The Public Case, Part One

Posted by JJinPhila on June 4, 2009 

          I was to start out with a stunning admission.  Prior to July of 2007, I had no inside information on the disappearance of former Centre County District Attorney Ray Gricar.  Every question I asked, I asked in a public forum.  My contact with the family spokesman, Tony Gricar, was minimal; and did not begin until I started posting on public message boards in September of 2006.  Other that posting questions on the old Centre Daily Times questions and answers website, I had no contact with the press or anyone in law enforcement regarding the case.  Believe it or not, Ray Gricar is not a hot topic of conversation in Philadelphia.

            Where I got my information was from public sources, i.e. press stories and reference works.  Here are just two examples of how I acquired my “amazing knowledge,” to coin a phase. 

How did I know what Mr. Gricar’s salary was in 2003?  It was published in an annual reference work published by the state, The Pennsylvania Manual.  I make no secret of being interested in politics and this book basically lists everyone at the state and county levels.  (If you check one edition, you’ll find my name in it.)  I have a number of old ones, that I use for looking at historic election data (ask me about Pennsylvania “Southwest Swing” and “Southeast Slump” one day.)  You can do the same thing with a good library.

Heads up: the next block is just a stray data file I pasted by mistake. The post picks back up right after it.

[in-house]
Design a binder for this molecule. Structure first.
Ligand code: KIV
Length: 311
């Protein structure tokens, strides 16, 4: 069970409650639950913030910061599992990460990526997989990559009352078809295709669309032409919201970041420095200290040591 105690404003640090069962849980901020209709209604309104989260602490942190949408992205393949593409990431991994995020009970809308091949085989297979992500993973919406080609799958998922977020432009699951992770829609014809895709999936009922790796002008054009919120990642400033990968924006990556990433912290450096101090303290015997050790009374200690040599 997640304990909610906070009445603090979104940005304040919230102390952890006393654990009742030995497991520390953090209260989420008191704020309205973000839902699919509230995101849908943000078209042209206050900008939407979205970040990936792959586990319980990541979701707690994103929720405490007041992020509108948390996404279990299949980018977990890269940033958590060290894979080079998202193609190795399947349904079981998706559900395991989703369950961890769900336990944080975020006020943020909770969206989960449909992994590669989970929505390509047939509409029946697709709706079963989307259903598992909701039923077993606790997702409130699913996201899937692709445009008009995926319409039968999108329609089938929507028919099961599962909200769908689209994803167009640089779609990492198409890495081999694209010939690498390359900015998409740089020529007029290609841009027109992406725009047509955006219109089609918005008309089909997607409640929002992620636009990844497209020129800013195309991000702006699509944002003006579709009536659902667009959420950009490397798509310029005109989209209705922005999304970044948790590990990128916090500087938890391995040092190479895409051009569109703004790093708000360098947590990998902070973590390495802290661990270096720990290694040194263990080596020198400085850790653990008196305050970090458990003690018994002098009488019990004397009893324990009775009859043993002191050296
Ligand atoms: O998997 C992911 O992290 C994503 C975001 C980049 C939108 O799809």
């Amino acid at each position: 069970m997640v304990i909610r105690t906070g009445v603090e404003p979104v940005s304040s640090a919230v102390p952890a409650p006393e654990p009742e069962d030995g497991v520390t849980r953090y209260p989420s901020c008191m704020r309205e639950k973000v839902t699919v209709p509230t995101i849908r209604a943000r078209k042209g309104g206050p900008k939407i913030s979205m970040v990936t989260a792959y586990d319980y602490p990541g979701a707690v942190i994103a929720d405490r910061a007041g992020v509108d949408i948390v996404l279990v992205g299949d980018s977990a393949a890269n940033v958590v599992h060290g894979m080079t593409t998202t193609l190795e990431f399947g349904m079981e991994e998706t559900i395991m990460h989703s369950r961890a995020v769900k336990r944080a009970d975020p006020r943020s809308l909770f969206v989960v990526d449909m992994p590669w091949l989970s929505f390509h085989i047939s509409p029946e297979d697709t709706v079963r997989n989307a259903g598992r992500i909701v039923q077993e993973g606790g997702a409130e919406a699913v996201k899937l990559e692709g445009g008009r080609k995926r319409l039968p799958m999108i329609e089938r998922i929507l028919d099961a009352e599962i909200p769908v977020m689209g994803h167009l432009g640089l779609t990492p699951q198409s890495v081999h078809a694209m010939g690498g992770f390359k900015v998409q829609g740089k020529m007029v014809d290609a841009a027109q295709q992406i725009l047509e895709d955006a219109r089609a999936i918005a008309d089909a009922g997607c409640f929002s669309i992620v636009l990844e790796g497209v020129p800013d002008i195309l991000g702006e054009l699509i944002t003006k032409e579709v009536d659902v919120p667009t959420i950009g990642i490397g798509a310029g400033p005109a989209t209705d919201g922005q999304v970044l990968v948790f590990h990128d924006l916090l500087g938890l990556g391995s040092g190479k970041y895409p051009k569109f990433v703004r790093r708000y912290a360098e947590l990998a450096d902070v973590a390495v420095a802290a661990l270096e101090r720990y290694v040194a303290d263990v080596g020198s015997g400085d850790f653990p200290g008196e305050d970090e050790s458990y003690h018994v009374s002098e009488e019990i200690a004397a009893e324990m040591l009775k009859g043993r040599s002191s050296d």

How did I know that the license plate on the Mini Cooper was “PFO” and meant as a reference to Mr. Gricar’s girlfriend, Patty Fornicola (P Fo’ like J Lo’ for Jennifer Lopez)?  It was in the old Q and A website.   You could have gone through it and read (and remembered) it.

            Now, after July of 2007, that changed; people started talking with me behind the scenes.  It is no secret that Mr. Bosak and I communicated, as I do with others. However, for almost two years after I asked my first question on the old Q and A site, I got all my information from the media.  Because I didn’t live in the area (and still don’t), I probably had less information, and certainly less gossip, that you had about the Gricar case, before that date.  What I found out the case I found out through the media and on-line.  (And, had I known on 4/17/05 that I’d be writing “Sporadic Comments,” I would have been paying much closer attention.) 

            What is in the media about the Gricar case shapes public opinion about the Gricar case.  What is released, especially when it was known by the police, has an impact on public opinion.   Some folks, on-line at least, have asked why the media has been “pushing” one theory over the others, with that theory being that Mr. Gricar walked away.  Has the media and the police been “pushing” walkaway?  Let’s take a look at some of this “new” evidence.